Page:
Long Branch Beach combines the fresh eloquence of a sketch from nature with the evocative subtlety and technical assurance of the finest studio painting. Executed in 1867, when he spent the summer on the New Jersey coast, Gifford completed the work during a period in which he had begun to move away from the prototypical landscapes of the Hudson River School, and focus his efforts on the tranquil and luminous views of river and coastal scenery.
In the exhibition catalogue, Hudson River School Visions: The Landscapes of Sanford R. Gifford, Franklin Kelly writes: "It is not known why Gifford chose to visit Long Branch and to depict it in several works. The younger Winslow Homer went there two years later, perhaps on the suggestion of his employer, Harper's Weekly, which published two wood engravings by him of Long Branch subjects. In Homer's prints, as in the one oil known to have resulted from the experience (Long Branch, New Jersey, 1869, Museum of Fine Arts, Boston), figures are featured prominently. Homer seems to have been emphasizing one of the most remarked-upon aspects of Long Branch's social makeup – namely its democratic character: 'Representatives of all classes are to be met, heavy merchants, railroad magnates, distinguished soldiers, editors, musicians, politicians and divines, and all are on an easy level of temporary equality,' wrote one observer in 1868 ("The Watering Places. Long Branch," The New York Evening Post, July 28, 1868). If Gifford was similarly interested in the details of American modern life, his painting hardly suggests it. Instead of the elegantly dressed men and women who promenade so prominently in Homer's images, the figures in Gifford's painting are far off in the middle distance, making it difficult to distinguish them as anything more than individuals, let alone to determine their social class" (Hudson River School Visions: The Landscapes of Sanford R. Gifford, 2003, pp. 188-189).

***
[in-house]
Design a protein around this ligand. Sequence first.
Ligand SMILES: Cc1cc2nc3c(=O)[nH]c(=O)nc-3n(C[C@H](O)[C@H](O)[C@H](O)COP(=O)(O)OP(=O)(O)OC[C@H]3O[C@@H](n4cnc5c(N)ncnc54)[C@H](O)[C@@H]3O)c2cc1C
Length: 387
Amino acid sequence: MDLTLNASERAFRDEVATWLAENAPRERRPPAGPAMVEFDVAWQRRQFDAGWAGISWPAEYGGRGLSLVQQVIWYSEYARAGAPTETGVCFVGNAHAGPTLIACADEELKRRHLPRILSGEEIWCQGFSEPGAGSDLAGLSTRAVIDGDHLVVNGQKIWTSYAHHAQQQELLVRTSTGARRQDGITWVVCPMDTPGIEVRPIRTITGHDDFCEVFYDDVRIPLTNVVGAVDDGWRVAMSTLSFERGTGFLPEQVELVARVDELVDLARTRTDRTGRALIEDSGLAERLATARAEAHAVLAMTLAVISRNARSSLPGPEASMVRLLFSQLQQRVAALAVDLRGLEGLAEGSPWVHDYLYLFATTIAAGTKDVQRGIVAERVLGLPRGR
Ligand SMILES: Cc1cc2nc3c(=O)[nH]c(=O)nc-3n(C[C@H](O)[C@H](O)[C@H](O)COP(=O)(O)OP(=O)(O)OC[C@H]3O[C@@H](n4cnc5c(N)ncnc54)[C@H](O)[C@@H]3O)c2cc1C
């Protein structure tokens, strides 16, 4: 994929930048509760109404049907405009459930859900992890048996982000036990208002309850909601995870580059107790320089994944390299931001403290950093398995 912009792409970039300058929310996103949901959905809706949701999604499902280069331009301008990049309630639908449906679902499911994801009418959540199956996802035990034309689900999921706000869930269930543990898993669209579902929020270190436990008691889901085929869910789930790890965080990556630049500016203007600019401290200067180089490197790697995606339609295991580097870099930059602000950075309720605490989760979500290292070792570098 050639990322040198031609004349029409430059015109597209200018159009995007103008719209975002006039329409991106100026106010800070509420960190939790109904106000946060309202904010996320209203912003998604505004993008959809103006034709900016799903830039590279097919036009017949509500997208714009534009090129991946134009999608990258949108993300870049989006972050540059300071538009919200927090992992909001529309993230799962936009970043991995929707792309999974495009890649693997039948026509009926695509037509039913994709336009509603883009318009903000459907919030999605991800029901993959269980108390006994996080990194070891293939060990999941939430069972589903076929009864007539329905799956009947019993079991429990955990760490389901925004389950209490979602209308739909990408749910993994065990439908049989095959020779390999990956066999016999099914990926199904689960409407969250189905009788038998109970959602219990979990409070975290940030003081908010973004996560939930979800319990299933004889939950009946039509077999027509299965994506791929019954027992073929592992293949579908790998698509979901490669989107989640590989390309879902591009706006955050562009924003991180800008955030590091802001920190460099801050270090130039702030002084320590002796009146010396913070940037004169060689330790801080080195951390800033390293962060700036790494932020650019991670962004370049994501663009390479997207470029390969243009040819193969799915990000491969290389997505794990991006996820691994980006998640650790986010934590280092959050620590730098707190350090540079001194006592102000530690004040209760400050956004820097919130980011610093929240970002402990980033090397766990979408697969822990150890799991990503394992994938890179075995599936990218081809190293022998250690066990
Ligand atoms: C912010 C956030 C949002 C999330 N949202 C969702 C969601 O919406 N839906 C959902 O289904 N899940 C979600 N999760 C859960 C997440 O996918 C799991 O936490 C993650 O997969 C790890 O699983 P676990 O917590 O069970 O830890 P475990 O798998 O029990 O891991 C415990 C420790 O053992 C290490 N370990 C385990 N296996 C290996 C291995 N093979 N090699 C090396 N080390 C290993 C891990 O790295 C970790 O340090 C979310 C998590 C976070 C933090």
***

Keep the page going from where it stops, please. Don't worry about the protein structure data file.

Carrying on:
Unlike Homer's figures, Gifford's appear to be fishermen working on their nets, the angular huts which recall Homer's bathhouses may be icehouses – places for the fishermen to temporarily store their catch. Gifford's extremely technical composition makes it clear, however, that the men and their occupation are secondary to his interest in the shoreline. He creates a deep sense of receding space under a vast expanse of sky, using every detail and component of the scene to create perfect linear perspective and recession toward a single vanishing point.
Gifford painted several views of the New Jersey coast that summer, including two similar canvasses, a larger version of this work (Long Branch Beach, Palmer Museum of Art, Pennsylvania State University), and Sunrise on the Sea-Shore (unlocated), which is listed as one of Gifford's "chief pictures." The latter is described in Henry Tuckerman's 1867 Book of the Artists as "masterly, depicting only sea and sky as they appear at sunrise from the low shores of New Jersey at Long Branch, with no accessories – bare, solitary, base, elemental nature – with such truth in wave and air, in strand and horizon, in light and perspective as to captivate the eye, as the long sea-shore itself does in its sublime reality.'"